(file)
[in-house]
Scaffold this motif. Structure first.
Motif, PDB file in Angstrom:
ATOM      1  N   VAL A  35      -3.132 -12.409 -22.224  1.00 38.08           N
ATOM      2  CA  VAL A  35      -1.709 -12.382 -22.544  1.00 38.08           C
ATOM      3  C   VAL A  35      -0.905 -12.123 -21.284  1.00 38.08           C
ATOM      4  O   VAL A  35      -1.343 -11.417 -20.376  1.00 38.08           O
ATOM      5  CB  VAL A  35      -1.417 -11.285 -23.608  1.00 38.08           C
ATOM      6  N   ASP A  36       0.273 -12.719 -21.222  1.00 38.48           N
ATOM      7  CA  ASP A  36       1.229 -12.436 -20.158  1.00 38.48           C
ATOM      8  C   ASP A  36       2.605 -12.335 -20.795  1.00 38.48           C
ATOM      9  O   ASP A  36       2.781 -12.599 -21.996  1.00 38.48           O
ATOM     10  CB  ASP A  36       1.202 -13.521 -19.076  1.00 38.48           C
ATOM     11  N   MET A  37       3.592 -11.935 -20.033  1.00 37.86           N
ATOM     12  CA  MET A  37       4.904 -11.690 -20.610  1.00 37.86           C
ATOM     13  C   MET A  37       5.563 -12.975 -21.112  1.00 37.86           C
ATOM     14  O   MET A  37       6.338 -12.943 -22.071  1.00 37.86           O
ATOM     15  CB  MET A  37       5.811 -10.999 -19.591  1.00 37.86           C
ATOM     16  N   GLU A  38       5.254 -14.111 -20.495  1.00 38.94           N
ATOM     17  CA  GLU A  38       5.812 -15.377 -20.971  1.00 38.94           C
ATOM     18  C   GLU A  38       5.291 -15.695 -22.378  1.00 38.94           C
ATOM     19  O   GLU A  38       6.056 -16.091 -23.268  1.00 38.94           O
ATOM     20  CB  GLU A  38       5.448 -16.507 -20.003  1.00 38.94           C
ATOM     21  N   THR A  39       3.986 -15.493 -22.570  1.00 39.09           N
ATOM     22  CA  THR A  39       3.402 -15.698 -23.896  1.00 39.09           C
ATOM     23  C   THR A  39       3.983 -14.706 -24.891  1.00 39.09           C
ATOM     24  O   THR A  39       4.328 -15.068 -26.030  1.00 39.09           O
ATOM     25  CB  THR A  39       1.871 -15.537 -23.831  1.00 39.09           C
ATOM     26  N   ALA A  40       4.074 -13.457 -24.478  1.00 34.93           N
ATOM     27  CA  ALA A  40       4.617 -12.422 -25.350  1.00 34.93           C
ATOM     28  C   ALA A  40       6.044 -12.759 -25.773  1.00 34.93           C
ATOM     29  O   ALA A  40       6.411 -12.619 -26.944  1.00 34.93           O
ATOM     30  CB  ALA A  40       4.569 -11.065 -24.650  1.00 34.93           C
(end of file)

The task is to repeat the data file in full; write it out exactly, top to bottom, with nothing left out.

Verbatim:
[in-house]
Scaffold this motif. Structure first.
Motif, PDB file in Angstrom:
ATOM      1  N   VAL A  35      -3.132 -12.409 -22.224  1.00 38.08           N
ATOM      2  CA  VAL A  35      -1.709 -12.382 -22.544  1.00 38.08           C
ATOM      3  C   VAL A  35      -0.905 -12.123 -21.284  1.00 38.08           C
ATOM      4  O   VAL A  35      -1.343 -11.417 -20.376  1.00 38.08           O
ATOM      5  CB  VAL A  35      -1.417 -11.285 -23.608  1.00 38.08           C
ATOM      6  N   ASP A  36       0.273 -12.719 -21.222  1.00 38.48           N
ATOM      7  CA  ASP A  36       1.229 -12.436 -20.158  1.00 38.48           C
ATOM      8  C   ASP A  36       2.605 -12.335 -20.795  1.00 38.48           C
ATOM      9  O   ASP A  36       2.781 -12.599 -21.996  1.00 38.48           O
ATOM     10  CB  ASP A  36       1.202 -13.521 -19.076  1.00 38.48           C
ATOM     11  N   MET A  37       3.592 -11.935 -20.033  1.00 37.86           N
ATOM     12  CA  MET A  37       4.904 -11.690 -20.610  1.00 37.86           C
ATOM     13  C   MET A  37       5.563 -12.975 -21.112  1.00 37.86           C
ATOM     14  O   MET A  37       6.338 -12.943 -22.071  1.00 37.86           O
ATOM     15  CB  MET A  37       5.811 -10.999 -19.591  1.00 37.86           C
ATOM     16  N   GLU A  38       5.254 -14.111 -20.495  1.00 38.94           N
ATOM     17  CA  GLU A  38       5.812 -15.377 -20.971  1.00 38.94           C
ATOM     18  C   GLU A  38       5.291 -15.695 -22.378  1.00 38.94           C
ATOM     19  O   GLU A  38       6.056 -16.091 -23.268  1.00 38.94           O
ATOM     20  CB  GLU A  38       5.448 -16.507 -20.003  1.00 38.94           C
ATOM     21  N   THR A  39       3.986 -15.493 -22.570  1.00 39.09           N
ATOM     22  CA  THR A  39       3.402 -15.698 -23.896  1.00 39.09           C
ATOM     23  C   THR A  39       3.983 -14.706 -24.891  1.00 39.09           C
ATOM     24  O   THR A  39       4.328 -15.068 -26.030  1.00 39.09           O
ATOM     25  CB  THR A  39       1.871 -15.537 -23.831  1.00 39.09           C
ATOM     26  N   ALA A  40       4.074 -13.457 -24.478  1.00 34.93           N
ATOM     27  CA  ALA A  40       4.617 -12.422 -25.350  1.00 34.93           C
ATOM     28  C   ALA A  40       6.044 -12.759 -25.773  1.00 34.93           C
ATOM     29  O   ALA A  40       6.411 -12.619 -26.944  1.00 34.93           O
ATOM     30  CB  ALA A  40       4.569 -11.065 -24.650  1.00 34.93           C